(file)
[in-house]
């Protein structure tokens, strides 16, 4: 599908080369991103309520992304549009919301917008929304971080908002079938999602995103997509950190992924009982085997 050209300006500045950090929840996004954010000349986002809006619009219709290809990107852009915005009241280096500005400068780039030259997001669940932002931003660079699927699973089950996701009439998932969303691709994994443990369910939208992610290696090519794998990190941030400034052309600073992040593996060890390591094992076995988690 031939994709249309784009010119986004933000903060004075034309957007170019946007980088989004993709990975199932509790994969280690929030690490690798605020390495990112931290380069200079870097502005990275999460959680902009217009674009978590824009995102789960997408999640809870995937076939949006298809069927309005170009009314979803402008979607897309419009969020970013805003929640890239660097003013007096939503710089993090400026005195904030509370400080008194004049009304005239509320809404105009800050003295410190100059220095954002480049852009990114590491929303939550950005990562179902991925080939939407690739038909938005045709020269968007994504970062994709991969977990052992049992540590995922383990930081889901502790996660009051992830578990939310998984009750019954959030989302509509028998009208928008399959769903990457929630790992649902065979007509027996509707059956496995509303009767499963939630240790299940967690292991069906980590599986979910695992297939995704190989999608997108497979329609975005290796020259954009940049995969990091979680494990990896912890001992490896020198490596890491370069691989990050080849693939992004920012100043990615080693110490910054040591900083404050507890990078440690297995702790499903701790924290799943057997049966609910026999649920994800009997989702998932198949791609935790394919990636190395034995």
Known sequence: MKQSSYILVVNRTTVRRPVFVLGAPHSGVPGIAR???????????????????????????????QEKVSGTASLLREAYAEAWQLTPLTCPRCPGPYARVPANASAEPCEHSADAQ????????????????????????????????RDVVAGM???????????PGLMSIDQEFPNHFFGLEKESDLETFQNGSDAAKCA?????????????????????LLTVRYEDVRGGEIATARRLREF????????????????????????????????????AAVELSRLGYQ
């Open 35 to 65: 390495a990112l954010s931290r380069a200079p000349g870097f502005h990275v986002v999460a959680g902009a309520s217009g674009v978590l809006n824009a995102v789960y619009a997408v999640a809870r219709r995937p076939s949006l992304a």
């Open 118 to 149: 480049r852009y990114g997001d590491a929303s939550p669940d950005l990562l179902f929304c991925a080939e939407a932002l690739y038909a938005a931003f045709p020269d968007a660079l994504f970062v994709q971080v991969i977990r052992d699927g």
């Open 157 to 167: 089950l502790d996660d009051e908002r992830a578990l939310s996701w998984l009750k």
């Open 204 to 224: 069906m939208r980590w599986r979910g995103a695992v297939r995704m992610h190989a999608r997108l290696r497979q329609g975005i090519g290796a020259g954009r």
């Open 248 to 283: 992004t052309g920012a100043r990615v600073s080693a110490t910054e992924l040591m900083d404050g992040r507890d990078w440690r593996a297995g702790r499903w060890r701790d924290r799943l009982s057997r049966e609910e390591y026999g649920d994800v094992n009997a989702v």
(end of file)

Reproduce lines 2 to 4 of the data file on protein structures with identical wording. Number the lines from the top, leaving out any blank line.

């Protein structure tokens, strides 16, 4: 599908080369991103309520992304549009919301917008929304971080908002079938999602995103997509950190992924009982085997 050209300006500045950090929840996004954010000349986002809006619009219709290809990107852009915005009241280096500005400068780039030259997001669940932002931003660079699927699973089950996701009439998932969303691709994994443990369910939208992610290696090519794998990190941030400034052309600073992040593996060890390591094992076995988690 031939994709249309784009010119986004933000903060004075034309957007170019946007980088989004993709990975199932509790994969280690929030690490690798605020390495990112931290380069200079870097502005990275999460959680902009217009674009978590824009995102789960997408999640809870995937076939949006298809069927309005170009009314979803402008979607897309419009969020970013805003929640890239660097003013007096939503710089993090400026005195904030509370400080008194004049009304005239509320809404105009800050003295410190100059220095954002480049852009990114590491929303939550950005990562179902991925080939939407690739038909938005045709020269968007994504970062994709991969977990052992049992540590995922383990930081889901502790996660009051992830578990939310998984009750019954959030989302509509028998009208928008399959769903990457929630790992649902065979007509027996509707059956496995509303009767499963939630240790299940967690292991069906980590599986979910695992297939995704190989999608997108497979329609975005290796020259954009940049995969990091979680494990990896912890001992490896020198490596890491370069691989990050080849693939992004920012100043990615080693110490910054040591900083404050507890990078440690297995702790499903701790924290799943057997049966609910026999649920994800009997989702998932198949791609935790394919990636190395034995």
Known sequence: MKQSSYILVVNRTTVRRPVFVLGAPHSGVPGIAR???????????????????????????????QEKVSGTASLLREAYAEAWQLTPLTCPRCPGPYARVPANASAEPCEHSADAQ????????????????????????????????RDVVAGM???????????PGLMSIDQEFPNHFFGLEKESDLETFQNGSDAAKCA?????????????????????LLTVRYEDVRGGEIATARRLREF????????????????????????????????????AAVELSRLGYQ
């Open 35 to 65: 390495a990112l954010s931290r380069a200079p000349g870097f502005h990275v986002v999460a959680g902009a309520s217009g674009v978590l809006n824009a995102v789960y619009a997408v999640a809870r219709r995937p076939s949006l992304a």